More than a name—7 meaningful ways to personalize customer experiences
More than a name—7 meaningful ways to personalize customer experiences

By on in User Experience

More than a name—7 meaningful ways to personalize customer experiences

Everyone is talking about personalization. In fact, more than 90% of marketers already acknowledge that personalization is important, so let’s just take that as a given.

What personalization actually looks like, however, is a little less clear. Will adding someone’s first name to an email give you the 15% revenue increase suggested by Gartner and countless other web experts? Probably not.

Personalization means listening—understanding what people want, making them feel central to the process and building a conversation around them.

For some companies, personalization comes relatively naturally. Shutterfly, for example, made an easy leap to displaying your photos on insulated water bottles and face masks. McDonalds had the data and the budget to know when you might need a Diet Coke. And since Amazon knows everything about you and everyone else, its product recommendations tend to be spot on.


A conversational email written as if I’m the only person in the world is likely to feel more personalized than something that happens to have my name on it.

But what if you’re not Amazon or a global quick-service brand—how can you personalize your prospects’ and customers’ interactions?

1. Talk to me. I’ve seen statistics that suggest using a person’s name in a subject line can get you a 6.2% higher open rate or increase conversions by anywhere from 25% to 760X. That may be true (give it a try!), but don’t just slug in my name and call it a day. People can see through that. In fact, I’d suggest that a conversational email written as if I’m the only person in the world is likely to feel more personalized than something that happens to have my name on it. (And if your list has incorrect spellings or odd capitalization, it’s a big turnoff. Call me “Aamy” and your attempts to win me over have backfired in a big way.)

2. Put me in a bucket. Your story about a wintry walk in cozy sheepskin-lined boots may be beautifully crafted, but it’s unlikely to connect if I’m in Tampa. Or if I’m vegan.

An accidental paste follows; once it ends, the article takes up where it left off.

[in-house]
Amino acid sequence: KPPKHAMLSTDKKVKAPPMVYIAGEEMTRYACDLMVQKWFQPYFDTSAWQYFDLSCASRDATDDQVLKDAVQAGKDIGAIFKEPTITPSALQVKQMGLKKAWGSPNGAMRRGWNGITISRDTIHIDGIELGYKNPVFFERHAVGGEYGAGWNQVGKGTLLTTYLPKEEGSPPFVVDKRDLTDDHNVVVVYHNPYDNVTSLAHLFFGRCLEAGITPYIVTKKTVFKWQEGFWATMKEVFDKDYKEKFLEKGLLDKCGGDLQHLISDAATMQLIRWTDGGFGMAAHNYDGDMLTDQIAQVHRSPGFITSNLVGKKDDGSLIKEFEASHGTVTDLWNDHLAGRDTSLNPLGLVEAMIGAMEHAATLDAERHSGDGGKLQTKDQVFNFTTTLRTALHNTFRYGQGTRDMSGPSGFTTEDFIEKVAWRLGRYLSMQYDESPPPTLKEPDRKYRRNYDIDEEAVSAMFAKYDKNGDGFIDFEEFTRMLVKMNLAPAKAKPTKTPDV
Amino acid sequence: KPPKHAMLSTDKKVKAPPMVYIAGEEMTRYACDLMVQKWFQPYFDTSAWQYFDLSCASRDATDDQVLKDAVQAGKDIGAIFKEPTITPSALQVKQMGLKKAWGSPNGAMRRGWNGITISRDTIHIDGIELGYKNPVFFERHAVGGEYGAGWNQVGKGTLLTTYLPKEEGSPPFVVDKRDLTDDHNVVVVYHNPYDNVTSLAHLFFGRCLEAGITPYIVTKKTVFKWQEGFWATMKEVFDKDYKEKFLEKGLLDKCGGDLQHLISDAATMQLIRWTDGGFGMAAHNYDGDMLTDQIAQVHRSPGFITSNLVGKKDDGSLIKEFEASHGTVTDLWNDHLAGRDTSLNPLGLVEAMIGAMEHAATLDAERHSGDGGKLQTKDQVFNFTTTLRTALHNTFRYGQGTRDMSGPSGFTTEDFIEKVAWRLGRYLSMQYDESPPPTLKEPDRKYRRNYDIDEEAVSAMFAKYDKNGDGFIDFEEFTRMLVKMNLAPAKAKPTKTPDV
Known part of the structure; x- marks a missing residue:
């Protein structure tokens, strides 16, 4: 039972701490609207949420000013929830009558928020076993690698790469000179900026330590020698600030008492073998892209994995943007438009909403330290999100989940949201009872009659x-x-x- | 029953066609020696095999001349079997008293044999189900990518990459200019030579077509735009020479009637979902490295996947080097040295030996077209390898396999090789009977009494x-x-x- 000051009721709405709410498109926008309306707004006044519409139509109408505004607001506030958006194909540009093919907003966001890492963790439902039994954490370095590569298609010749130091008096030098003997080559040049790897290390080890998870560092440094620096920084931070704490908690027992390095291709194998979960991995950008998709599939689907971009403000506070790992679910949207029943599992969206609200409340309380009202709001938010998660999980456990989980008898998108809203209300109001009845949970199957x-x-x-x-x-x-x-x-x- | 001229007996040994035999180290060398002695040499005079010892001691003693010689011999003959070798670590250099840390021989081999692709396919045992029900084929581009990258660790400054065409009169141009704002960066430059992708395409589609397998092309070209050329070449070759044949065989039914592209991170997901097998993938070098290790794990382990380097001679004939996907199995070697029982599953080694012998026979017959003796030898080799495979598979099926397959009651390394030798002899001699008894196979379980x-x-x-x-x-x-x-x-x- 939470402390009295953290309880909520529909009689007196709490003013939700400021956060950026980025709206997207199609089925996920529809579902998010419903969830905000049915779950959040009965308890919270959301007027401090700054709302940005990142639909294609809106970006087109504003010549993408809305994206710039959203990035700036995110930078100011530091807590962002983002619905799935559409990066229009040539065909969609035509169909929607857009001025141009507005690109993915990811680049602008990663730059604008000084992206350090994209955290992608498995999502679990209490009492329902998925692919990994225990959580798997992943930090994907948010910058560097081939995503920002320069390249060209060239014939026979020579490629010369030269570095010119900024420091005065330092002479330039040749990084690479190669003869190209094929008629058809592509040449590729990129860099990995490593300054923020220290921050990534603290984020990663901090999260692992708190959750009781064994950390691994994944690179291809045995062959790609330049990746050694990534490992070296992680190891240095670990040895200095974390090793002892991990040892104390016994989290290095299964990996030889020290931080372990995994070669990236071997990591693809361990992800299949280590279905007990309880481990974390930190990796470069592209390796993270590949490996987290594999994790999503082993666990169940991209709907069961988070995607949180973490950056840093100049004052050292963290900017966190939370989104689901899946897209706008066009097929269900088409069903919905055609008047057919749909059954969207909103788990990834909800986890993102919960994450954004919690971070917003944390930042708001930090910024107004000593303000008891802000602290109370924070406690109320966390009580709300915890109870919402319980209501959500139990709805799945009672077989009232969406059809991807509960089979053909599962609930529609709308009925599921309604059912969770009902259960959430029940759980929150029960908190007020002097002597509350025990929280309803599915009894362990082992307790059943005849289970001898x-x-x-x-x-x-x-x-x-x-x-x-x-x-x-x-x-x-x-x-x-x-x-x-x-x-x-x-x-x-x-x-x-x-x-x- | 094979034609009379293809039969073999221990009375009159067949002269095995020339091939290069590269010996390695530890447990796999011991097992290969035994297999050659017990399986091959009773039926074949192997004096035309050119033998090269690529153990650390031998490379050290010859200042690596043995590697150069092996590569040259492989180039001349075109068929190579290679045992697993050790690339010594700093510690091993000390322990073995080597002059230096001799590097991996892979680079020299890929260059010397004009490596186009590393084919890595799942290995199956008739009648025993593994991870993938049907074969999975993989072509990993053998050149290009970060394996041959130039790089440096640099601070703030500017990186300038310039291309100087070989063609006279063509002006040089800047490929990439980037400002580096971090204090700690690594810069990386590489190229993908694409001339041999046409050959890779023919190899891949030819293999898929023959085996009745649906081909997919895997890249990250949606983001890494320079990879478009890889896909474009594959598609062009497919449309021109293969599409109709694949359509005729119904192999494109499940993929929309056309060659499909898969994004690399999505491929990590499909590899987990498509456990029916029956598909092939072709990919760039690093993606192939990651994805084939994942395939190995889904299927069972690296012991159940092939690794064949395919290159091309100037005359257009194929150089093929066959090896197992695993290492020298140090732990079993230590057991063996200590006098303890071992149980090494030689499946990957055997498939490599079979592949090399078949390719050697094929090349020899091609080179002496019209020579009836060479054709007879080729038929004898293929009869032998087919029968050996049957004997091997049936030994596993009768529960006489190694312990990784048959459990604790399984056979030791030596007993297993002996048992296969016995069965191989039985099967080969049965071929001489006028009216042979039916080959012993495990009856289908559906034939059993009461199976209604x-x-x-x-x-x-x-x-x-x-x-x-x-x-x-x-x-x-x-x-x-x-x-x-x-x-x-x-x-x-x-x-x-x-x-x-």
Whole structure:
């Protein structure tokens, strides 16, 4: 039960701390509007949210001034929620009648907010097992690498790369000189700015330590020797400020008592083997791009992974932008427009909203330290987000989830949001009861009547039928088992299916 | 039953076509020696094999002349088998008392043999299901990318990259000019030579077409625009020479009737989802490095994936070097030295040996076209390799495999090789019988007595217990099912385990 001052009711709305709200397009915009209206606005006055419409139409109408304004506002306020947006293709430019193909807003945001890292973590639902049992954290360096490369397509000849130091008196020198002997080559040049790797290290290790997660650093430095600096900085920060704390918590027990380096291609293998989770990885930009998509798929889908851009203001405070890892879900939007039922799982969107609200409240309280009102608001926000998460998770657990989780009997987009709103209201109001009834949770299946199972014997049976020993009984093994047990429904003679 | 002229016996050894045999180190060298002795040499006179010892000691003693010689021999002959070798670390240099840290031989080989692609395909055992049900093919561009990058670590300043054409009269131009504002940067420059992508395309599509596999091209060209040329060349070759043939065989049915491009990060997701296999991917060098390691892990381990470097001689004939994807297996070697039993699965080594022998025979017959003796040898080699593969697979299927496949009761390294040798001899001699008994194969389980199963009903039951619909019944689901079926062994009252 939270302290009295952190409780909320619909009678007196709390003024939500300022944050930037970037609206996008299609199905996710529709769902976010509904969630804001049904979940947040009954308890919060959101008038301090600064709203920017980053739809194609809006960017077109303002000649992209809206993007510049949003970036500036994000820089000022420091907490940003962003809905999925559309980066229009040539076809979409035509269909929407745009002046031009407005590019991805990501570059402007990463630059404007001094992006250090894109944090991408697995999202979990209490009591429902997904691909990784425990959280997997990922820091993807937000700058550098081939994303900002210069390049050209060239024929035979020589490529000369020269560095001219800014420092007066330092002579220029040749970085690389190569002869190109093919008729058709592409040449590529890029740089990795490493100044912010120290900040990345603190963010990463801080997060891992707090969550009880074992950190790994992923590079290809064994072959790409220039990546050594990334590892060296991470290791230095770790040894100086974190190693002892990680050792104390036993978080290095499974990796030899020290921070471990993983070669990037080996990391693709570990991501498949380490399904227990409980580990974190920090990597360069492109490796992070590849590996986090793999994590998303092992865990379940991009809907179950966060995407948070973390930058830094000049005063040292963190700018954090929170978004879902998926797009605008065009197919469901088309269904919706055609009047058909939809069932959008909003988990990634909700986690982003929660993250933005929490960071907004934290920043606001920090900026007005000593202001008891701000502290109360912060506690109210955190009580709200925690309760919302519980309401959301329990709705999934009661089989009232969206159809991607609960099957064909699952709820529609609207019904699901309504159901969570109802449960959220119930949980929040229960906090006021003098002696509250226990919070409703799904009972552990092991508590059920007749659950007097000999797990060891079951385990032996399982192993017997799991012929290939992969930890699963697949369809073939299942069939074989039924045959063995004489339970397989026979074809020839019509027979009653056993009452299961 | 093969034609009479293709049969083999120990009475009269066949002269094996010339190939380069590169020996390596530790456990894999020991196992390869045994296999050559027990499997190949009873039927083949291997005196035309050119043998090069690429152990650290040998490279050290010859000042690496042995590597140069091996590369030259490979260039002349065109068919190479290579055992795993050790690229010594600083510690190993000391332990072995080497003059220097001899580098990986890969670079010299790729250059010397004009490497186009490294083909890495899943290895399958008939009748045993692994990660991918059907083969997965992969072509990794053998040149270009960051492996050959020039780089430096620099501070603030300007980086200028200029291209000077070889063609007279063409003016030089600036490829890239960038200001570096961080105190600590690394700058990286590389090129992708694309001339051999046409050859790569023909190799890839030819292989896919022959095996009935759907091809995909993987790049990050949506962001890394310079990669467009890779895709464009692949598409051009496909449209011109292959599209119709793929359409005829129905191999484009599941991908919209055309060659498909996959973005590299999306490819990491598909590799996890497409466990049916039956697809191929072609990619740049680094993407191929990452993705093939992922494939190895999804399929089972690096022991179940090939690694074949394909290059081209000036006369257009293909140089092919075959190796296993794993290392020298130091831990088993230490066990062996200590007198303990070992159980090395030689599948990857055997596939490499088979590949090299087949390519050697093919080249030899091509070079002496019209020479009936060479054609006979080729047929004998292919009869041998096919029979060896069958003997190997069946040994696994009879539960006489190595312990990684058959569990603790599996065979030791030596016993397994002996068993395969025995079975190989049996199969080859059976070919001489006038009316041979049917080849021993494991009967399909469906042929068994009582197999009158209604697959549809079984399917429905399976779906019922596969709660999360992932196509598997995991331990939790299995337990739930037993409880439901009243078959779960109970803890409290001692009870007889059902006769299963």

Fortunately, segmenting can get you most of the way toward personalization without being quite as finicky—a little dynamic content can go a long way. Carve up your audience by purchase history, geography, age, job, whatever. And use variables to include the time in their time zone, their nearest location, sales rep, etc. The better you can picture and relate to them, the more real the conversation will be.

3. Anticipate my go-withs. What are the blades that go with your metaphorical razor? If I’m buying a coffee maker, show me the pods. Is there a recycling version of my new trash can? Anthropologie and other wise retailers show me how to “complete the look” for anything I click.

It doesn’t all have to happen at once. Give me some time, then pop an email when I’m likely to run out of anything consumable. (Hopefully, you’re already doing that for the things still sitting in my cart.) If you can, let me subscribe and we’ll both benefit.

4. Help me decide. If I walked into your store or showroom, you’d start by asking what I was looking for. Take that approach online with a few quick questions to figure out what I like and what I need, then point me toward the right answer. Just make it fun, not an interrogation. Cosmetics and apparel brands have this down, but our team has done this for medical devices and insurance, and there’s no reason it can’t work for just about everything else.

5. Let me set the pace. For a service or solution with a long purchase cycle, particularly in the B2B space, marketing automation is the way to go. Give me a landing page with my name in the URL and the masthead, then automate your outreach to trigger new touches and information as I need it. You know the paths I’m likely to take. Don’t try to give me your full asset library at once—keep it relevant. Start me off with a video, drop in a brochure or a case study to follow up, and let sales know when I’m moving closer to yes.

6. If I’m a whale, go big. If you’re selling me a 190-foot yacht or trying to catch a busy executive’s eye, by all means—put in the extra time and money to personalize. Digitally print your direct mail to include my name in the teaser. Cut together individual videos for each recipient. Pick up the phone. Personalization decisions have to come down to ROI, so make sure your audience is tightly defined, your data is right and you know exactly what a big win is worth.

7. Ask me why I left. If you haven’t heard from me in a while, drop a line. Just don’t talk to me in the third person. Make it real. Make me feel missed. Get it right and I might be back.